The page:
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It’s been a concern for Southern Maryland Athletic conference swim coaches for years.
They’re talking about the need to attract more year-round club swimmers who are not participating on high school swim teams but could be, and make it worth their while to compete on both teams in order for the conference to compete with the top five swim teams in the state.
Teams are tapering practices in aiming for their fastest times to come this weekend at the state swim meets that will be held at the University of Maryland College Park’s Eppley Recreation Center.
The Class 4A-3A meet will dive in first at 10 a.m, then the Class 3A-2A-1A meet will begin at 4 p.m.
Leonardtown head coach Chuck Jacobs, whose teams will compete in the 4A-3A meet on Saturday, said that it’s going to take a few more years to bypass the top teams like Walt Whitman, Wootton, Walter Johnson and Winston Churchill from Montgomery County, winners of last year’s state meet.
Jacobs said the reason these teams are coming out on top is simply because their swimmers chose to swim with the USA swim teams or club teams as well as their high school teams.
“Unfortunately, our club kids make the choice not to swim at the high school level,” Jacobs said. “It would make us more competitive because there is so much swimming history there in Montgomery County and when they came into the state meet, it took things to a different level. They swim in the Potomac Valley Association, but we’re knocking on the doors again.”
Jacobs said the new state qualification system has made things even more difficult. Instead of the top four regional placements advancing to states, the top three advance and then the fourth through 12th times are considered.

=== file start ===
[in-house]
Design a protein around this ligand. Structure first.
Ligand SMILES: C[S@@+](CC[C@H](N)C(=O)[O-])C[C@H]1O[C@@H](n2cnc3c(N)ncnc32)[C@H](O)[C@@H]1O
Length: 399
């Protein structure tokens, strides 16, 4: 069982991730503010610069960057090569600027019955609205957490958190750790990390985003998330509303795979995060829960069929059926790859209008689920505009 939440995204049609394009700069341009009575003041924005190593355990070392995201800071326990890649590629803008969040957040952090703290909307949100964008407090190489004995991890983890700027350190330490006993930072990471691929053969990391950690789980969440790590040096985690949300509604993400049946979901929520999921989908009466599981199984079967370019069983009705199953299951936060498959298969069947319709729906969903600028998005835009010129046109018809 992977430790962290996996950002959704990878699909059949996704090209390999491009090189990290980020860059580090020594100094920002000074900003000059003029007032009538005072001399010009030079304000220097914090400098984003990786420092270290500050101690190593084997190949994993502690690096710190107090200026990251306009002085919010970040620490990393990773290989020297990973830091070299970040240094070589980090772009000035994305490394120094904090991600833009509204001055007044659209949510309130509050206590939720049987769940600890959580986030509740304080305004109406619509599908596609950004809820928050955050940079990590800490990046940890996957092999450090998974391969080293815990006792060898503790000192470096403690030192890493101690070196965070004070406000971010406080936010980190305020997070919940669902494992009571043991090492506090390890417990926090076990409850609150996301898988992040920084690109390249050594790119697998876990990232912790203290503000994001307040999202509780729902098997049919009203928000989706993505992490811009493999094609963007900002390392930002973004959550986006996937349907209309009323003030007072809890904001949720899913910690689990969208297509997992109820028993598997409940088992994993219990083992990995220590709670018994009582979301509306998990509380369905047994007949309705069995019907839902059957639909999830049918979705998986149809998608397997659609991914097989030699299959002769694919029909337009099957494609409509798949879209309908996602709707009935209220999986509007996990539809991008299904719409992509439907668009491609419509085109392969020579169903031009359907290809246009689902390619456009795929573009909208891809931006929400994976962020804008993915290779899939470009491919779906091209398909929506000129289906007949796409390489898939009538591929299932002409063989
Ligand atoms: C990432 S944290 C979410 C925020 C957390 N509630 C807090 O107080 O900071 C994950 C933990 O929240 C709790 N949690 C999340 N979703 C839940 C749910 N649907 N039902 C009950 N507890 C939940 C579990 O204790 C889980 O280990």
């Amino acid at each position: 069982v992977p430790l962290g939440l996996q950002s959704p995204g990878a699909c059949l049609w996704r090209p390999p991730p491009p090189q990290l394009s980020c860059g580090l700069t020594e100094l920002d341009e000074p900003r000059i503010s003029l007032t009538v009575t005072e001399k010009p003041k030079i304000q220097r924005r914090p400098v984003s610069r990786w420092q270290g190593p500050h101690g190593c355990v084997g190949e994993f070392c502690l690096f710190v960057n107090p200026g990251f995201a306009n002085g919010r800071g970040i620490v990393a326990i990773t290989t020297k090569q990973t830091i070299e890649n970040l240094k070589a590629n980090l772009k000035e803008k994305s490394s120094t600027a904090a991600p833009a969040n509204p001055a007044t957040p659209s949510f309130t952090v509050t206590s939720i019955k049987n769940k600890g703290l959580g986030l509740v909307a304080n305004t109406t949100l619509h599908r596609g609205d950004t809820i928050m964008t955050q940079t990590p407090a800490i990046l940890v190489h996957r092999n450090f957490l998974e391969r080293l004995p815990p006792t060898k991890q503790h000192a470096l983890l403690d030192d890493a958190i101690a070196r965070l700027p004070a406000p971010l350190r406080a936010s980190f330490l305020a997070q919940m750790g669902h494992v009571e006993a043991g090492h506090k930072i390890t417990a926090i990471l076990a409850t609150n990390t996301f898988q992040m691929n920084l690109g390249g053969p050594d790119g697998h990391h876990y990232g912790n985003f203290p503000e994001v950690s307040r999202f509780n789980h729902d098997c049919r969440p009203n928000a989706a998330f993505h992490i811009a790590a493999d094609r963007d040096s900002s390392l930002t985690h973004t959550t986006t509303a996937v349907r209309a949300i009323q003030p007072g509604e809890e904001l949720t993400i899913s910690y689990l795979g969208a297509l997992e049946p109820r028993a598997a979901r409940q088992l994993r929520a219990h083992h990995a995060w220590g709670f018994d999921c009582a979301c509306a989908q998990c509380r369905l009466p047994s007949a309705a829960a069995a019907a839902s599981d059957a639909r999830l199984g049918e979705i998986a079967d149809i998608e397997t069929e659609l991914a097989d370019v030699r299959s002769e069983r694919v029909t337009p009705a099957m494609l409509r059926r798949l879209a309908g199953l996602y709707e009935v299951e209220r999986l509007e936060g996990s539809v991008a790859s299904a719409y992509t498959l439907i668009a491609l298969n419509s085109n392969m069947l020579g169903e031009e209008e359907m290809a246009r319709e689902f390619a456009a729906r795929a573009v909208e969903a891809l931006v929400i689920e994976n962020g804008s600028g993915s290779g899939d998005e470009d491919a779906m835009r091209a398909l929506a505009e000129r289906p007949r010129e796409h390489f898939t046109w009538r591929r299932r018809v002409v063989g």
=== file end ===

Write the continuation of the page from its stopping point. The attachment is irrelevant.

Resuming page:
“Montgomery County is just a perennial powerhouse in the state,” Jacobs added. “All of their club kids swim high school and some coaches down here don’t think it would be the best for the swimmers. I disagree. We have a local [club] relay team that would definitely compete well at the state meet.”
Jacobs is looking for a great outing from junior Mairyn Branaman, who just set a new regional record last weekend in the 100-yard butterfly at the 4A-3A East Region championships with her time of 1 minute 0.56 seconds.
Patuxent head coach Jeff Ganoe and the Panthers are coming off of a high-energy week after sweeping the 3A-2A-1A South Region championships on both the boys and girls sides.
Ganoe said his team is heading into the 3A-2A-1A state meet with high hopes of at least matching its individual performances at regionals.
“I think, as a division, SMAC provides a great foundation and training platform for the non year-round swimmers,” Ganoe said. “Thankfully, we don’t go against the Baltimore and Annapolis powerhouses who traditionally field strong teams due to the large complement of club swimmers on their respective teams.”
Ganoe recognizes the difference in talent level and times on the board.
“We, in SMAC, like to think of ourselves as the Davids going up against the Goliaths up north,” Ganoe said, “but given that, it doesn’t diminish our competitive nature or will to win.”
Ganoe said he should see a strong performance from Chris Kahl in the 500 freestyle as well as the 100 backstroke. Captain Cassi Beck is also on his radar for the 500 free and the 200 individual medley.
“The bittersweet moment will come when the last relay team of event 24 climbs out of the water and we have say goodbye to our 11 seniors.” Ganoe said.
North Point head coach Jeff Rivenburg said members of his team are feeling positive and enthusiastic about qualifying for what he says is a very difficult meet to get into.
“The 4A-3A state meet is a very fast meet and if you are not an automatic qualifier, you have to have a tremendous time just to get in,” Rivenburg said. “With the addition of those schools [from the north], the meet became exponentially more difficult to get into, and we have more this year than last year.”
Rivenburg said if there’s one thing that sets his 2012-13 team apart it’s the pride.
“I say that because, as a coach, I can’t be more proud of this team for everything in the pool and out.” Rivenburg said.